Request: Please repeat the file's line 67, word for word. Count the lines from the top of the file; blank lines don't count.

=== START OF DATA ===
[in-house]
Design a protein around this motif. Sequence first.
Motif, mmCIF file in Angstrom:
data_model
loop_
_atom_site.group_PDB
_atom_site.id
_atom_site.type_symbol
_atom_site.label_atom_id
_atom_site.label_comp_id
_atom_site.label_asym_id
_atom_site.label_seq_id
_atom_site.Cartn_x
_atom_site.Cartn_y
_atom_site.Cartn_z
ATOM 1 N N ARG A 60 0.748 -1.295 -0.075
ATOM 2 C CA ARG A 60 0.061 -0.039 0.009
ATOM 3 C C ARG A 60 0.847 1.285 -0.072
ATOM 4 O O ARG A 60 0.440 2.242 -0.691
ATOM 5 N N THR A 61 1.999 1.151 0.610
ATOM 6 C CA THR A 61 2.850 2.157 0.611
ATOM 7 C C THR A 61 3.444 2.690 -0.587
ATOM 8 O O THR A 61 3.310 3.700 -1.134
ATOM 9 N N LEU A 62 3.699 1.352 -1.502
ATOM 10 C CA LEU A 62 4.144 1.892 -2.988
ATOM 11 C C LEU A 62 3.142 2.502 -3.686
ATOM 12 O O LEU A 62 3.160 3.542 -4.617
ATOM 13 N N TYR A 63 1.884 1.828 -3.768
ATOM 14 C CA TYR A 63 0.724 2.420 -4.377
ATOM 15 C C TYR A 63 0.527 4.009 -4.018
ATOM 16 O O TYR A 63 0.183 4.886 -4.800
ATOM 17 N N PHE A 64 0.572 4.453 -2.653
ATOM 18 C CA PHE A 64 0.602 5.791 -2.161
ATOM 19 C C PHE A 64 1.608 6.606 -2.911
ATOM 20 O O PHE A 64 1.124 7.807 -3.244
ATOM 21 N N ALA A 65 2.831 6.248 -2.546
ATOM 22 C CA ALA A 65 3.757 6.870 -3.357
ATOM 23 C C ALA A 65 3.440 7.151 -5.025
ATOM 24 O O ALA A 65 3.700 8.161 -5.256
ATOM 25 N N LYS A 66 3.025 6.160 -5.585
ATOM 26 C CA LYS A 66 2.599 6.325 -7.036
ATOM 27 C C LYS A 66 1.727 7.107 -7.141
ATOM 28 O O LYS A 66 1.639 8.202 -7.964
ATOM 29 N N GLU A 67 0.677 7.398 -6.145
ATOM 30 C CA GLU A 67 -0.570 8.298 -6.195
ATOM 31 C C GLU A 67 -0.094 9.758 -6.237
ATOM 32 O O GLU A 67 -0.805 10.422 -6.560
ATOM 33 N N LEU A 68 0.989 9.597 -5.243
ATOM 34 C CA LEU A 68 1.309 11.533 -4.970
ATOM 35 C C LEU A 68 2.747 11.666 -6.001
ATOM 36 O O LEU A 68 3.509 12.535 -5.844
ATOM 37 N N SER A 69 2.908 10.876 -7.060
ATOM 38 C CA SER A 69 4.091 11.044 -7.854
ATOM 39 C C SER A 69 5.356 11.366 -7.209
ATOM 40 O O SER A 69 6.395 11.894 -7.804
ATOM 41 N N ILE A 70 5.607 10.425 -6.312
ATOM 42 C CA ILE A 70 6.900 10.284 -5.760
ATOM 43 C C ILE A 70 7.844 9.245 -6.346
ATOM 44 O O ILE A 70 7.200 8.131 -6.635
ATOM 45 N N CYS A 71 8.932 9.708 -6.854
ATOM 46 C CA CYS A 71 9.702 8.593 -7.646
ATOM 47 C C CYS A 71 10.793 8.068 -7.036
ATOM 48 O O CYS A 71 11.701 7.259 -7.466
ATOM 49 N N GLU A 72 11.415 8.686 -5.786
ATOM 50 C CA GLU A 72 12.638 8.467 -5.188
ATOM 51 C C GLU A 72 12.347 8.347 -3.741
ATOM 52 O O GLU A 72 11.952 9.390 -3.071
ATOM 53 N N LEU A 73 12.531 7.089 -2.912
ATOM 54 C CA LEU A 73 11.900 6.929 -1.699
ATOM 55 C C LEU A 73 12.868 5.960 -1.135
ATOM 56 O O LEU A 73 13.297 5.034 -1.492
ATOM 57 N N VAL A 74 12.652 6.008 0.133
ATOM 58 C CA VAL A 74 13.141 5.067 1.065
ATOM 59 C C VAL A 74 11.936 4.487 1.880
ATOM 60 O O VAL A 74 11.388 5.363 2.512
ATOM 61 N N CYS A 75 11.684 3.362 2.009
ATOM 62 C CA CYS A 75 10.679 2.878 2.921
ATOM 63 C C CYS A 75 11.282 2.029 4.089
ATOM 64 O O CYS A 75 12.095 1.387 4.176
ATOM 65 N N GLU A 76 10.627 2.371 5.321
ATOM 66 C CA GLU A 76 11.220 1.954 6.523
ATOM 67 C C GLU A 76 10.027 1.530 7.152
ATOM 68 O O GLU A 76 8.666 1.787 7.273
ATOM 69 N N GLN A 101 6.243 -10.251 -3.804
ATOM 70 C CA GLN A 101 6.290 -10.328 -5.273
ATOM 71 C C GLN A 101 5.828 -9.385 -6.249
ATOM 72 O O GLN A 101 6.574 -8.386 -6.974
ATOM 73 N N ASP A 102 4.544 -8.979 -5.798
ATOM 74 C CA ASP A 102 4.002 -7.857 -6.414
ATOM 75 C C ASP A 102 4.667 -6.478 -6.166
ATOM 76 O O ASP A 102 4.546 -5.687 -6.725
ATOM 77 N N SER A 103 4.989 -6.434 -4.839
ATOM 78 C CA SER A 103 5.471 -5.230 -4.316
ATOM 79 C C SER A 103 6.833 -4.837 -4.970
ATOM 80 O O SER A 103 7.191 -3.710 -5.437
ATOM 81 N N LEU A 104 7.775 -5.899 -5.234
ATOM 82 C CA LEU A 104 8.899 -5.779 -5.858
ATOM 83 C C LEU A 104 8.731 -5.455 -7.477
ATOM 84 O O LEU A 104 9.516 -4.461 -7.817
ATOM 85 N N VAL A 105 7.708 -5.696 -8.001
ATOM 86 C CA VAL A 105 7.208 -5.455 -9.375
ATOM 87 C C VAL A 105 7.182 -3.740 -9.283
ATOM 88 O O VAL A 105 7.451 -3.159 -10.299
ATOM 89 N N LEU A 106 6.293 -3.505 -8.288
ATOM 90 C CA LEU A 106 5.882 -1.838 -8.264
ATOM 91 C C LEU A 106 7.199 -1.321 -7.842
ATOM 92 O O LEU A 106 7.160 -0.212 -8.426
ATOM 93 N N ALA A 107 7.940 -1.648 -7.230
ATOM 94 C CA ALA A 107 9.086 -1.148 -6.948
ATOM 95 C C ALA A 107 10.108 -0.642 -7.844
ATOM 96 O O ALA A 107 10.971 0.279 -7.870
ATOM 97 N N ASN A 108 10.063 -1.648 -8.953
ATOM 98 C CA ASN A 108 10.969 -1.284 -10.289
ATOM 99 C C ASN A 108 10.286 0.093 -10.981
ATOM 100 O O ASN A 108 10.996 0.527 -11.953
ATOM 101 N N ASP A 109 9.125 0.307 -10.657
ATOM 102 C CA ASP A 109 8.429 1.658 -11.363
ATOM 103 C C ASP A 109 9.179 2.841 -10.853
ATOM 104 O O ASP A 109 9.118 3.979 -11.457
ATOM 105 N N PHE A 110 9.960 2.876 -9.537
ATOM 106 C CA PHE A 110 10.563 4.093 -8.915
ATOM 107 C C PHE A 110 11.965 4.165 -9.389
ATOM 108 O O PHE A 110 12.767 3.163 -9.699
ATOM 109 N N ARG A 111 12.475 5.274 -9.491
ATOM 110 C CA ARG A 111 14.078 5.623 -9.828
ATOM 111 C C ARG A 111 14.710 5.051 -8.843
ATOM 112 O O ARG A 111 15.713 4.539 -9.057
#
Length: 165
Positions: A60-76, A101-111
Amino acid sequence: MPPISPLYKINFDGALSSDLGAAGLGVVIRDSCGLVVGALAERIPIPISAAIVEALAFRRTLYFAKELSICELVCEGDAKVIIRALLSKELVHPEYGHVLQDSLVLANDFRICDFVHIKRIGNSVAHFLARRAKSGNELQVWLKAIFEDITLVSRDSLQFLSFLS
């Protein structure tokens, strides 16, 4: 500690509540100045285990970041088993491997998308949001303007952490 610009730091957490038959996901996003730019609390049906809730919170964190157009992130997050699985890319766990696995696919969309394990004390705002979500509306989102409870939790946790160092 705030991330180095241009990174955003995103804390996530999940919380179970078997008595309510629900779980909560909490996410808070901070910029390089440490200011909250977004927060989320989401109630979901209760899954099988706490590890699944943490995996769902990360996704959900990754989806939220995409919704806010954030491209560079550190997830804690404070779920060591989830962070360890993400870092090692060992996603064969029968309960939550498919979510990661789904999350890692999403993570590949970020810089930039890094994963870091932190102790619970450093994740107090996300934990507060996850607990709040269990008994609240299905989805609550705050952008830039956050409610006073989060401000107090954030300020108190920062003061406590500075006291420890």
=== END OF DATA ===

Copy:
ATOM 52 O O GLU A 72 11.952 9.390 -3.071